While we were sleeping: Score one for the GMO lobby
Updated at 3:10 pacific to include the full language of the relevant section of the bill. Thanks, IM.
Things have been busy around here lately, but that's no excuse. We've just been reminded that, like time, Monsanto stops for no man.
Yesterday, eliciting not a ripple from the blogosphere, the Senate Foreign Relations Committee approved - by unanimous vote - the innocuously-titled Global Food Security Act of 2009. How will it bring food security to the hungry (and now largely out of work) masses? By increasing U.S. investment in global agricultural research... and by requiring that the agenda include "research on biotechnological advances appropriate to local ecological conditions, including genetically modified technology."
Um. I wish this were an April Fools joke, but no such luck.
Though this may sound like the same old biotech machine grinding its gears, it is actually a major, major shift from past protocol. In previous bills funding ag research abroad, the money targeted projects that considered "the special needs of small farmers, the interrelation between technology, institutional capacity, the environment and cultural factors, and extensive field testing of technology." Hmm. Last time I checked, patented seeds that must be purchased and cannot be saved were not considerate of "the special needs of small farmers." The fact that most developing countries have no legal framework in place to govern GMO seed planting or use means that when researchers considered "the interrelation between technology [and] institutional capacity," GMO technology was a non-starter.
I suppose we could say that GMOs have been extensively field-tested in the United States, if by field-tested you mean allowed to take hold around the country despite widespread evidence that the crops cross-pollinate and contaminate non-GM plantings. (See this example of pharmaceutical crops from the Union of Concerned Scientists.)
This one slipped under the radar screen, but the good news is that we now have the opportunity to write our senators to ask them to vote against the bill when it comes before the full Senate for a vote. The indefatigable Jill Richardson of La Vida Locavore broke this story this morning and provides great talking points on why the passage of this bill - which would in essence shift U.S. investment in global food security toward encouraging countries to adopt genetically engineered crops - is a really, really bad move. To her comments, I will add just one of my own.
There's no question that for years, the U.S. and the rest of the world have seriously underinvested in agricultural research. I've ruined many a dinner party with my soapbox speech on why we need more public investment in research and educational outreach to farmers. Many readers would agree, I'd reckon, that the research agenda at U.S. land-grant universities has been comandeered by deep-pocketed biotech companies able to offer the support university labs can't get anywhere else. If all the money that's gone to researching and promoting GMO crops over the last 30 years had gone towards, say, organic agriculture or local food-production infrastructure, well -- we'd be in a pretty different place than we are now. We could have been investing in food systems that work for our communities and our health and that shore up local food security. Instead, research dollars have been invested in systems that work for Monsanto and Smithfield and Kraft and very few others.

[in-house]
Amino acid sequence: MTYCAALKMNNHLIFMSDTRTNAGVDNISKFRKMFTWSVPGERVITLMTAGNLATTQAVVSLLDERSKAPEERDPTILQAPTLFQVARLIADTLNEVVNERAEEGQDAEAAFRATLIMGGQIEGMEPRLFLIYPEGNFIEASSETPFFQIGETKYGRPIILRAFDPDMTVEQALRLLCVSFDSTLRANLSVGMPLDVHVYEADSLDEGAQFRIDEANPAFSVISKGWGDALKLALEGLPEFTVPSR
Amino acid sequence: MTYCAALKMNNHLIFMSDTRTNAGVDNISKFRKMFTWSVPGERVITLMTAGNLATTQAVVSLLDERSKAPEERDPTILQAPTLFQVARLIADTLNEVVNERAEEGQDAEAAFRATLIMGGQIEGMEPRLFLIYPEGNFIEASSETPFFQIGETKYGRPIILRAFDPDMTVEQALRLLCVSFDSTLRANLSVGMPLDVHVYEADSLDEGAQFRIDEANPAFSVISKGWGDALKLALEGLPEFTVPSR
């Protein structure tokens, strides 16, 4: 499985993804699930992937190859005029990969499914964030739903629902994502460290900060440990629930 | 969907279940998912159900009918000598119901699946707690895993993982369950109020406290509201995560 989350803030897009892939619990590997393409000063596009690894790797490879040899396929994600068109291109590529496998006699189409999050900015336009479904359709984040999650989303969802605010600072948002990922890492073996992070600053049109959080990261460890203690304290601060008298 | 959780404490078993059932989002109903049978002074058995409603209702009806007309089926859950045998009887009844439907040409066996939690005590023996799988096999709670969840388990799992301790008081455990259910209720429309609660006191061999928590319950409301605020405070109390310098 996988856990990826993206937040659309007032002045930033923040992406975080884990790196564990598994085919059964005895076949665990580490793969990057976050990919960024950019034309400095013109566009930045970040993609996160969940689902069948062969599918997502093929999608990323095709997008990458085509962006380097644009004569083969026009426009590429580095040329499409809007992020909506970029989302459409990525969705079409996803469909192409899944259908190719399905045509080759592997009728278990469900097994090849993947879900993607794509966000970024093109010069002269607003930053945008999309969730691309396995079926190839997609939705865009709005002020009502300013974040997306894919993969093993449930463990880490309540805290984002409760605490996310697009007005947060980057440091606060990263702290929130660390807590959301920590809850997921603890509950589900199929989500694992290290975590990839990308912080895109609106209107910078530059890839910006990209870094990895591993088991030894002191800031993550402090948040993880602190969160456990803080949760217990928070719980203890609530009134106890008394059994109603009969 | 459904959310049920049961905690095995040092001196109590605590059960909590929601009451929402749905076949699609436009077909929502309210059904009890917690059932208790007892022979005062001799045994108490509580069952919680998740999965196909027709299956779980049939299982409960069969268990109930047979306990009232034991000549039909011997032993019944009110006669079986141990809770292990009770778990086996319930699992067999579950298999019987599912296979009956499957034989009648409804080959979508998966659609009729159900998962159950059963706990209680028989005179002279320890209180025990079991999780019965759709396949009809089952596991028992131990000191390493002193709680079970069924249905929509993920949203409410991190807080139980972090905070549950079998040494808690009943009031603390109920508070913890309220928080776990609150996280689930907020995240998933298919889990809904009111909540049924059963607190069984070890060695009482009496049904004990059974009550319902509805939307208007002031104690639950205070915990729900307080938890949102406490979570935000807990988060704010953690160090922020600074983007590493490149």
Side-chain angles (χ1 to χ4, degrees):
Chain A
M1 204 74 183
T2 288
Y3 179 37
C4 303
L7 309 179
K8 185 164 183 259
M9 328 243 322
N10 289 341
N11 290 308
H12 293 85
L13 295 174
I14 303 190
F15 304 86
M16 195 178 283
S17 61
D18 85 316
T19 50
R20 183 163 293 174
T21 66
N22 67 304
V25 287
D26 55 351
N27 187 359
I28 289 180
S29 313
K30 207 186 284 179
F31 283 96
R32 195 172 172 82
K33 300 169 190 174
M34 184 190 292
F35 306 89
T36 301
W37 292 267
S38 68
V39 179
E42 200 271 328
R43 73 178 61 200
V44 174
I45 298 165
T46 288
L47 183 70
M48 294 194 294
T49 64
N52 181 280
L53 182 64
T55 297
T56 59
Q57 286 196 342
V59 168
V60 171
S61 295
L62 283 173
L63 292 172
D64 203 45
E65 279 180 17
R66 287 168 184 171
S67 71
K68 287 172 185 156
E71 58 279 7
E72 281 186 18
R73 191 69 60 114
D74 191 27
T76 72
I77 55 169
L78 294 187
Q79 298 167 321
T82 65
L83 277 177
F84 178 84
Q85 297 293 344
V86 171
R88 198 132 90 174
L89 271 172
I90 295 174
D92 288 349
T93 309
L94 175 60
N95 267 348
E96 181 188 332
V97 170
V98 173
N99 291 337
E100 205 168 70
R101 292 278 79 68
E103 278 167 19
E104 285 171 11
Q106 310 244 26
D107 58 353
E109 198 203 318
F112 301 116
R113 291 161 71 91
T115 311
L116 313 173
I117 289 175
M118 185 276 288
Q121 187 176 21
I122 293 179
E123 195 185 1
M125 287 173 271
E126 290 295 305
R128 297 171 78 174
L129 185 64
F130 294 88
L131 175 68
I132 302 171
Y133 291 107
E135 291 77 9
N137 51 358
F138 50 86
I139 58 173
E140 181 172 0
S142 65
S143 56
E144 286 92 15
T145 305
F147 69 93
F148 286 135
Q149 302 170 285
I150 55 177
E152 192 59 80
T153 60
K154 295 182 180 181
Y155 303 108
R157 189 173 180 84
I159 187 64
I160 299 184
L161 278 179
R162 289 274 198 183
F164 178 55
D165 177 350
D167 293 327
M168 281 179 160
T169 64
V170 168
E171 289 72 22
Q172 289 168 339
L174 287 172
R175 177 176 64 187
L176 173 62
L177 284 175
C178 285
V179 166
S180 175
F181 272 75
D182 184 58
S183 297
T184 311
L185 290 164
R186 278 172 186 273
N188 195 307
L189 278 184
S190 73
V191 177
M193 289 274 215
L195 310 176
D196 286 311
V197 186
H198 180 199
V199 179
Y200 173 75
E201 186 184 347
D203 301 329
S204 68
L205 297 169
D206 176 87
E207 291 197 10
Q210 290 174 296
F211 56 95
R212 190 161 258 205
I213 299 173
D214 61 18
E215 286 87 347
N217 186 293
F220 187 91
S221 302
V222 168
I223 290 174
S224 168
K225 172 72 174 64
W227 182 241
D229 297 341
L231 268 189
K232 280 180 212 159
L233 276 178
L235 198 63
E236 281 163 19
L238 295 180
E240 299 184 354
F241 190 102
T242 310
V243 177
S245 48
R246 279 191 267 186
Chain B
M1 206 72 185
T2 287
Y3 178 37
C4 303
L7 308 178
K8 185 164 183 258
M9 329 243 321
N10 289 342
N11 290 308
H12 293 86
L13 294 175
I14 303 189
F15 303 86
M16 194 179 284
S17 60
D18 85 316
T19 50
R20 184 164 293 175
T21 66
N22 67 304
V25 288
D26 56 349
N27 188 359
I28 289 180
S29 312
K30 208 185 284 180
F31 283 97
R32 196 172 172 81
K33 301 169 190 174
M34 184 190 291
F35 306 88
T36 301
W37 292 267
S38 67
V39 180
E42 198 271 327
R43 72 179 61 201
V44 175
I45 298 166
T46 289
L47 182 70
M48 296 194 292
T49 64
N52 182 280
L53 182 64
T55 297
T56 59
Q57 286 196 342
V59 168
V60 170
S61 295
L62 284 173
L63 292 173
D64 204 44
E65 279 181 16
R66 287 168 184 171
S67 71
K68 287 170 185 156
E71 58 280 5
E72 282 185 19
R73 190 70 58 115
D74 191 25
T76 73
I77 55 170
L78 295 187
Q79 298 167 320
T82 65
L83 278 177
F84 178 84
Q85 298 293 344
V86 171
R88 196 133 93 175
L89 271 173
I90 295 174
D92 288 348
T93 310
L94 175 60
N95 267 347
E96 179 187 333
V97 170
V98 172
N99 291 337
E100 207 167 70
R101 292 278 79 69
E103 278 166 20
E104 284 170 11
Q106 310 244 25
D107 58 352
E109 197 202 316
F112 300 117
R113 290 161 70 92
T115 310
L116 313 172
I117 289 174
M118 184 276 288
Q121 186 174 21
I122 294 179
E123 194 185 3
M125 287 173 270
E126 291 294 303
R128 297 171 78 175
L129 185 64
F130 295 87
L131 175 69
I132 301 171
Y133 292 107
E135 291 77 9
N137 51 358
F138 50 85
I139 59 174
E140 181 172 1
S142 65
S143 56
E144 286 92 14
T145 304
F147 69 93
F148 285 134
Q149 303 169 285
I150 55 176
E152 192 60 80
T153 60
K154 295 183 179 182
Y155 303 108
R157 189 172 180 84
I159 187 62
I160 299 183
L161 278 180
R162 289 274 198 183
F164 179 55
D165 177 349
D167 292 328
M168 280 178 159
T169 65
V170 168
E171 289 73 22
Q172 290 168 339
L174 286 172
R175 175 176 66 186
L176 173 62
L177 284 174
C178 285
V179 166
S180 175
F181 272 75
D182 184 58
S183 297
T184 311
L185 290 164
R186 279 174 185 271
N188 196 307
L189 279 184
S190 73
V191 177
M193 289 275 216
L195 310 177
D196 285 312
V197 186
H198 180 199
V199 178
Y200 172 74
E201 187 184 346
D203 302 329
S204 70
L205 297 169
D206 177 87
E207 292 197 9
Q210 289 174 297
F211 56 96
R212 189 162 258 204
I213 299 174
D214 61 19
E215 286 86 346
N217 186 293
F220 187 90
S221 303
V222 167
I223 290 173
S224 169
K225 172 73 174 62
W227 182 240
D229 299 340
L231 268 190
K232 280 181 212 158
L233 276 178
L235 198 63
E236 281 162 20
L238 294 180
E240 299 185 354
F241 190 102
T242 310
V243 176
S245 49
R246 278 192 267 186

The U.S. trend of woeful public investment in the ag sector has been mirrored around the world, where beginning under Reagan/Thatcher leadership, the World Bank and IMF required developing-country borrowers to reduce public support for agriculture, including public research, credit, and policies that protected small producers. Over the next 25 years, government support for local farmers and food systems was systematically dismantled globally. Now largely dependent on food imports, consumers in developing countries are at the whim of a global market that in turn is at the whim of a few giant agribusinesses and Wall Street speculators.
So normally, confronted with a bill that increased U.S. public investment in agricultural research abroad, I would have felt hopeful, and when that bill was introduced under a Democratic Congress and administration, I would maybe even have let out a cheer. But this bipartisan bill shoots a big, genetically-modified arrow in my wonky heart.
We need to tell our senators that we need more public investment in research that actually benefits the public. What we don't need is our taxpayer dollars being used to advance the agenda of a few already privileged and wealthy companies.
A U.S. research program that prioritizes GMO technology spells major trouble for countries that currently prohibit GM seeds and crops, as many Asian and African and some Latin American countries currently do - mainly because they don't have any way of controlling or regulating them. In the worst case scenario, this bill could force these countries to choose between accepting genetically engineered technology or forgoeing food aid. At a time of widespread hunger and economic recession, what kind of a choice is that?
See Jill's excellent post for more talking points, and then write your senators ASAP.
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